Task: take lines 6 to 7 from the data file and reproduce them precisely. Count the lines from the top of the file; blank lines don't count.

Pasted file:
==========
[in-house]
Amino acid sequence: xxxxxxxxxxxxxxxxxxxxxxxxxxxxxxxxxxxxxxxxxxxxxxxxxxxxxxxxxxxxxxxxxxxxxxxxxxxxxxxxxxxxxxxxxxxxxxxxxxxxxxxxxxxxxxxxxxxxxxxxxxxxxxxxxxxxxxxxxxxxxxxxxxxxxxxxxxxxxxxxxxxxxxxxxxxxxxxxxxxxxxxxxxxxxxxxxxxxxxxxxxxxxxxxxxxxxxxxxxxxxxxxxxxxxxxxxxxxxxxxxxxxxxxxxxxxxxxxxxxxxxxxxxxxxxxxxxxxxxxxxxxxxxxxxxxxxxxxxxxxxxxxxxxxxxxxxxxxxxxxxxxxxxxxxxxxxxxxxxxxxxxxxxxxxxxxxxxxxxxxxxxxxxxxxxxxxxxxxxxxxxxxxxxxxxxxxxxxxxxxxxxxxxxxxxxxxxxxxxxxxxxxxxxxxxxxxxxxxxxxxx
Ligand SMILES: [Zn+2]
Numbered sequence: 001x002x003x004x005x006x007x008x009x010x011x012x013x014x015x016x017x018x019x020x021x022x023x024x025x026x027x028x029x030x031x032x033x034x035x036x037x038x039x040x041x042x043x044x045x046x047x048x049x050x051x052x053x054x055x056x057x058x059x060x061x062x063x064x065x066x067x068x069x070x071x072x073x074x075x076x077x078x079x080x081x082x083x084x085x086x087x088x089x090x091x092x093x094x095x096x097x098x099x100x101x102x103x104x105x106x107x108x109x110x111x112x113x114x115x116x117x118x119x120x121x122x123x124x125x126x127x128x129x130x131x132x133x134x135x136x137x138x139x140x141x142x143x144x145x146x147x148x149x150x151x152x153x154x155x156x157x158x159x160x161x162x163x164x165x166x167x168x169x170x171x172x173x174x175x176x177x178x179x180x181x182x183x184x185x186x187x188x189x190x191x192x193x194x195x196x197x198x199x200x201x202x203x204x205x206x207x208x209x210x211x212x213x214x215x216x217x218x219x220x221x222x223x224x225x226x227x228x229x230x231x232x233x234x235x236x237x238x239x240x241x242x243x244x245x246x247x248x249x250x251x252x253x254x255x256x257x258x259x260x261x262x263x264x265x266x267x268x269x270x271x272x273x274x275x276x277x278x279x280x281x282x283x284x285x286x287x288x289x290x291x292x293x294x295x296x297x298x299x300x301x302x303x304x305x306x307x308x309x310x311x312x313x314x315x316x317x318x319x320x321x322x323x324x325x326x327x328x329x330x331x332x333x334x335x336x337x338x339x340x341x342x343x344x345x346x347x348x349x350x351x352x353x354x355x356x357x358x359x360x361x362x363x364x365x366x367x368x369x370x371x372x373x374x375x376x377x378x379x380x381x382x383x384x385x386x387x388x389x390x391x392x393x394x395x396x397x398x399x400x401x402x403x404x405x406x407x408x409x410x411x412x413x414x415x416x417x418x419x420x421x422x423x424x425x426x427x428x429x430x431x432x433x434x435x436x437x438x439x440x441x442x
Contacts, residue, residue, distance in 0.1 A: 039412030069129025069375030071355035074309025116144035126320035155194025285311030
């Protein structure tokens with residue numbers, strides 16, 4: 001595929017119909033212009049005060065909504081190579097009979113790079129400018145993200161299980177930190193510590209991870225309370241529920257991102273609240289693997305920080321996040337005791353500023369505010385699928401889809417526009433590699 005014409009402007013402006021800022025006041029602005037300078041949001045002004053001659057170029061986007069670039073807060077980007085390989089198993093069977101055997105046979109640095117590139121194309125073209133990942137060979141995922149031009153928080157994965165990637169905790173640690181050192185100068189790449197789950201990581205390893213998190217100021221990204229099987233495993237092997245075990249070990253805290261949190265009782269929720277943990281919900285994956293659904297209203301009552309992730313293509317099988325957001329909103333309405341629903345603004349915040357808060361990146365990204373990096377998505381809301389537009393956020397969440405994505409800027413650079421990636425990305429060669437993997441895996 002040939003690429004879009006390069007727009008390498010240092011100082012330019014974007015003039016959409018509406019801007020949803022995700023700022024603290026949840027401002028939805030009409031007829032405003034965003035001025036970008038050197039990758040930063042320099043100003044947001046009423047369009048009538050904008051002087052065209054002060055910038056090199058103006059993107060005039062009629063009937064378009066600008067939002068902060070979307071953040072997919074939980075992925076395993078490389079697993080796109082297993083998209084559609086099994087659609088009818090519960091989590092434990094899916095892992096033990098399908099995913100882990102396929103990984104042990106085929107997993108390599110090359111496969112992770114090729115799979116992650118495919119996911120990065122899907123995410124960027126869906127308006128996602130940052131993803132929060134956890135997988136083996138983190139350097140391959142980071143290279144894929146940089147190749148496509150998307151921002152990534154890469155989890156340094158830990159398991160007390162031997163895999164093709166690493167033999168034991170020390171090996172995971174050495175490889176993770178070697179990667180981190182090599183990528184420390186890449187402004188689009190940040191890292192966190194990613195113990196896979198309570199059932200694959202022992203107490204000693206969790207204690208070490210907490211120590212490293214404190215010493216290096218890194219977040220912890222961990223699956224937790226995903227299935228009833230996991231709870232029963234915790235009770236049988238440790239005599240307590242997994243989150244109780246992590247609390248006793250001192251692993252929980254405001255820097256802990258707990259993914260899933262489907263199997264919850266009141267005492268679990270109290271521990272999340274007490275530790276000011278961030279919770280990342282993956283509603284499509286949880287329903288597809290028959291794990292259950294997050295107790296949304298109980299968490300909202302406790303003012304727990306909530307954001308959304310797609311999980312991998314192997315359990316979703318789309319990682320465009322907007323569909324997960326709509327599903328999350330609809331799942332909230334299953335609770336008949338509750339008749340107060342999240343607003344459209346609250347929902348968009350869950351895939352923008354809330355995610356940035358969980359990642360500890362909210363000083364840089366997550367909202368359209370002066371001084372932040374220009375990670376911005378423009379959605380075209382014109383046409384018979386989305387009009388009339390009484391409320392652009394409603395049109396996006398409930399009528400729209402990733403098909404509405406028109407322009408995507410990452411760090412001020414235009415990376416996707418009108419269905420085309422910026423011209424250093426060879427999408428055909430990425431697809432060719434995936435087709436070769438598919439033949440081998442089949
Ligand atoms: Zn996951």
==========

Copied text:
């Protein structure tokens with residue numbers, strides 16, 4: 001595929017119909033212009049005060065909504081190579097009979113790079129400018145993200161299980177930190193510590209991870225309370241529920257991102273609240289693997305920080321996040337005791353500023369505010385699928401889809417526009433590699 005014409009402007013402006021800022025006041029602005037300078041949001045002004053001659057170029061986007069670039073807060077980007085390989089198993093069977101055997105046979109640095117590139121194309125073209133990942137060979141995922149031009153928080157994965165990637169905790173640690181050192185100068189790449197789950201990581205390893213998190217100021221990204229099987233495993237092997245075990249070990253805290261949190265009782269929720277943990281919900285994956293659904297209203301009552309992730313293509317099988325957001329909103333309405341629903345603004349915040357808060361990146365990204373990096377998505381809301389537009393956020397969440405994505409800027413650079421990636425990305429060669437993997441895996 002040939003690429004879009006390069007727009008390498010240092011100082012330019014974007015003039016959409018509406019801007020949803022995700023700022024603290026949840027401002028939805030009409031007829032405003034965003035001025036970008038050197039990758040930063042320099043100003044947001046009423047369009048009538050904008051002087052065209054002060055910038056090199058103006059993107060005039062009629063009937064378009066600008067939002068902060070979307071953040072997919074939980075992925076395993078490389079697993080796109082297993083998209084559609086099994087659609088009818090519960091989590092434990094899916095892992096033990098399908099995913100882990102396929103990984104042990106085929107997993108390599110090359111496969112992770114090729115799979116992650118495919119996911120990065122899907123995410124960027126869906127308006128996602130940052131993803132929060134956890135997988136083996138983190139350097140391959142980071143290279144894929146940089147190749148496509150998307151921002152990534154890469155989890156340094158830990159398991160007390162031997163895999164093709166690493167033999168034991170020390171090996172995971174050495175490889176993770178070697179990667180981190182090599183990528184420390186890449187402004188689009190940040191890292192966190194990613195113990196896979198309570199059932200694959202022992203107490204000693206969790207204690208070490210907490211120590212490293214404190215010493216290096218890194219977040220912890222961990223699956224937790226995903227299935228009833230996991231709870232029963234915790235009770236049988238440790239005599240307590242997994243989150244109780246992590247609390248006793250001192251692993252929980254405001255820097256802990258707990259993914260899933262489907263199997264919850266009141267005492268679990270109290271521990272999340274007490275530790276000011278961030279919770280990342282993956283509603284499509286949880287329903288597809290028959291794990292259950294997050295107790296949304298109980299968490300909202302406790303003012304727990306909530307954001308959304310797609311999980312991998314192997315359990316979703318789309319990682320465009322907007323569909324997960326709509327599903328999350330609809331799942332909230334299953335609770336008949338509750339008749340107060342999240343607003344459209346609250347929902348968009350869950351895939352923008354809330355995610356940035358969980359990642360500890362909210363000083364840089366997550367909202368359209370002066371001084372932040374220009375990670376911005378423009379959605380075209382014109383046409384018979386989305387009009388009339390009484391409320392652009394409603395049109396996006398409930399009528400729209402990733403098909404509405406028109407322009408995507410990452411760090412001020414235009415990376416996707418009108419269905420085309422910026423011209424250093426060879427999408428055909430990425431697809432060719434995936435087709436070769438598919439033949440081998442089949
Ligand atoms: Zn996951």